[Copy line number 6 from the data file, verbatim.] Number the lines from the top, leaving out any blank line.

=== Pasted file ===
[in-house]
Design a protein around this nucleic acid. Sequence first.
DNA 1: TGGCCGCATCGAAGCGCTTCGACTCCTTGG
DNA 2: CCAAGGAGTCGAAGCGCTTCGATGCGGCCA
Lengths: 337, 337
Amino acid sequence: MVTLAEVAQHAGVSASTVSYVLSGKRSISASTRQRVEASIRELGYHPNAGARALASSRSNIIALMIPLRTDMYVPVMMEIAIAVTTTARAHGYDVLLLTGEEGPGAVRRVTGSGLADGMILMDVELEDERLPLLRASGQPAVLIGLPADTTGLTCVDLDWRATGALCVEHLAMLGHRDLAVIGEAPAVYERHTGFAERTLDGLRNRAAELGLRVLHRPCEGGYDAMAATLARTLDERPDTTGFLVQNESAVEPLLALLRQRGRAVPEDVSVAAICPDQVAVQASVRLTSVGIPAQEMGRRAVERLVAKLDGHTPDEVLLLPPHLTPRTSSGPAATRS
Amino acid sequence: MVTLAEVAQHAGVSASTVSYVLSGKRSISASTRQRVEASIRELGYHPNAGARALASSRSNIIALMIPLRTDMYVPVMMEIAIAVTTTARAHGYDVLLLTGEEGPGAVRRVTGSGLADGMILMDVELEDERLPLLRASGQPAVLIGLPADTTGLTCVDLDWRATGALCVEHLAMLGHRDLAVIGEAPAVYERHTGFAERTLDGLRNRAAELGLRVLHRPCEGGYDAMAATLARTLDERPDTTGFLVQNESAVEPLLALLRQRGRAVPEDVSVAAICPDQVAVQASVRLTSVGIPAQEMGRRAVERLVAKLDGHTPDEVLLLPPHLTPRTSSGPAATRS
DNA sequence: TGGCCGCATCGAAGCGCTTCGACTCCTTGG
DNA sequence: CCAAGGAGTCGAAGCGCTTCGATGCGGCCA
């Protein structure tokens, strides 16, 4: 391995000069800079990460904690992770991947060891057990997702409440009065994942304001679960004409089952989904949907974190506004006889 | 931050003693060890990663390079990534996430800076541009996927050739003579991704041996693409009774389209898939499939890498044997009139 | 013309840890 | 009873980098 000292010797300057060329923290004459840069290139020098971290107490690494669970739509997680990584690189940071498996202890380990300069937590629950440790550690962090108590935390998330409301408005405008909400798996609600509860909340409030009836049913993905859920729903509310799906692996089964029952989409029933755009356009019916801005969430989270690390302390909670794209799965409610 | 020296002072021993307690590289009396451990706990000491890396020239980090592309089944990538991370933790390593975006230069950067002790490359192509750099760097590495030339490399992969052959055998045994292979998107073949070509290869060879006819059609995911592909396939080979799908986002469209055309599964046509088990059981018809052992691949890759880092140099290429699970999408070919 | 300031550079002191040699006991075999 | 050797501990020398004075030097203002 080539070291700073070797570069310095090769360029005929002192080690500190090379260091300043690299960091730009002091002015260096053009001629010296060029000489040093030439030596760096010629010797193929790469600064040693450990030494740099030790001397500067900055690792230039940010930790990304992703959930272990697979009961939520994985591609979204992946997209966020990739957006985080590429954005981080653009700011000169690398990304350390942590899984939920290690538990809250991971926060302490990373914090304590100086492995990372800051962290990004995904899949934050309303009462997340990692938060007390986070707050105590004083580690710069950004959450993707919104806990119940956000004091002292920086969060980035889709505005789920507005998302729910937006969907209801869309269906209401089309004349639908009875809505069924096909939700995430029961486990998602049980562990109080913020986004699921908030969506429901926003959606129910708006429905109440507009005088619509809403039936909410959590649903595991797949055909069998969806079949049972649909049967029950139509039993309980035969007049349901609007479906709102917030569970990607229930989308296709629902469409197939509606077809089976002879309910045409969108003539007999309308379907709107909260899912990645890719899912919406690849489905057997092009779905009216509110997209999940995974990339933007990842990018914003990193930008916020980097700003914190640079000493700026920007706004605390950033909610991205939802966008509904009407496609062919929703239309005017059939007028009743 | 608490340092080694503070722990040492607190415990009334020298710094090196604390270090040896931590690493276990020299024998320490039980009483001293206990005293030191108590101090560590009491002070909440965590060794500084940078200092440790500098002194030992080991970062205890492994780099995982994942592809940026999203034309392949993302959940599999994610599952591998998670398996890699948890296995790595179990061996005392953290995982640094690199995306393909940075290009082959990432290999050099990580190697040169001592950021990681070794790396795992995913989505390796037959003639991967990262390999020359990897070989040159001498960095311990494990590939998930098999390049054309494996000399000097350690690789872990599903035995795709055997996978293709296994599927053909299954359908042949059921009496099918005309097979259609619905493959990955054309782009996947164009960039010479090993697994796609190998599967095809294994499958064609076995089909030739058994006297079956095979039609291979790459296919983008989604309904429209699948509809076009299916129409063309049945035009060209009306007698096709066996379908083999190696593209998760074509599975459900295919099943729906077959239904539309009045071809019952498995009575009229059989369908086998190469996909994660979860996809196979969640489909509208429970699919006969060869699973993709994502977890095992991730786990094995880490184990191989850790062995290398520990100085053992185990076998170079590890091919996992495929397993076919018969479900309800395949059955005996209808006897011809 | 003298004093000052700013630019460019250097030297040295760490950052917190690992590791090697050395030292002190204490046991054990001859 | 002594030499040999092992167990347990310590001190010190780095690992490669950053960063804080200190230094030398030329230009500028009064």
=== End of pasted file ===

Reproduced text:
Amino acid sequence: MVTLAEVAQHAGVSASTVSYVLSGKRSISASTRQRVEASIRELGYHPNAGARALASSRSNIIALMIPLRTDMYVPVMMEIAIAVTTTARAHGYDVLLLTGEEGPGAVRRVTGSGLADGMILMDVELEDERLPLLRASGQPAVLIGLPADTTGLTCVDLDWRATGALCVEHLAMLGHRDLAVIGEAPAVYERHTGFAERTLDGLRNRAAELGLRVLHRPCEGGYDAMAATLARTLDERPDTTGFLVQNESAVEPLLALLRQRGRAVPEDVSVAAICPDQVAVQASVRLTSVGIPAQEMGRRAVERLVAKLDGHTPDEVLLLPPHLTPRTSSGPAATRS